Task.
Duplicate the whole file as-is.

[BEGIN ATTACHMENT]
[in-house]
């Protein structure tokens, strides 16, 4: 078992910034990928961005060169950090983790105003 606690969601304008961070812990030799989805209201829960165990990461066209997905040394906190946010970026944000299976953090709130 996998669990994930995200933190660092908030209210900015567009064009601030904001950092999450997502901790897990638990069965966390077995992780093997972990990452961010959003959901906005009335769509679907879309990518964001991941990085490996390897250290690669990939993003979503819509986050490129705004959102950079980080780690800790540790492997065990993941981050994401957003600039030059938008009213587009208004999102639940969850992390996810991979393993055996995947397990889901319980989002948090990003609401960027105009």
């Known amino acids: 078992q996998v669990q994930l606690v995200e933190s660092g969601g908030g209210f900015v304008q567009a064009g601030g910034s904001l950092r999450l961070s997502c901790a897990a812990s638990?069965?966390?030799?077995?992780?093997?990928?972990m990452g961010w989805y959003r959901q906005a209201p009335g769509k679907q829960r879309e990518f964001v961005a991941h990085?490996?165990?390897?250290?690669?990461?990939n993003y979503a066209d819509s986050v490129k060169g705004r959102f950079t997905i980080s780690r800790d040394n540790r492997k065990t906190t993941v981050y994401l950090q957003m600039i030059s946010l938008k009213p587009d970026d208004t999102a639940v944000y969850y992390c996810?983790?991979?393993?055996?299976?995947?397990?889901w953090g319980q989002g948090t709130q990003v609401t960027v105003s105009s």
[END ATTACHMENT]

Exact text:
[in-house]
């Protein structure tokens, strides 16, 4: 078992910034990928961005060169950090983790105003 606690969601304008961070812990030799989805209201829960165990990461066209997905040394906190946010970026944000299976953090709130 996998669990994930995200933190660092908030209210900015567009064009601030904001950092999450997502901790897990638990069965966390077995992780093997972990990452961010959003959901906005009335769509679907879309990518964001991941990085490996390897250290690669990939993003979503819509986050490129705004959102950079980080780690800790540790492997065990993941981050994401957003600039030059938008009213587009208004999102639940969850992390996810991979393993055996995947397990889901319980989002948090990003609401960027105009």
């Known amino acids: 078992q996998v669990q994930l606690v995200e933190s660092g969601g908030g209210f900015v304008q567009a064009g601030g910034s904001l950092r999450l961070s997502c901790a897990a812990s638990?069965?966390?030799?077995?992780?093997?990928?972990m990452g961010w989805y959003r959901q906005a209201p009335g769509k679907q829960r879309e990518f964001v961005a991941h990085?490996?165990?390897?250290?690669?990461?990939n993003y979503a066209d819509s986050v490129k060169g705004r959102f950079t997905i980080s780690r800790d040394n540790r492997k065990t906190t993941v981050y994401l950090q957003m600039i030059s946010l938008k009213p587009d970026d208004t999102a639940v944000y969850y992390c996810?983790?991979?393993?055996?299976?995947?397990?889901w953090g319980q989002g948090t709130q990003v609401t960027v105003s105009s």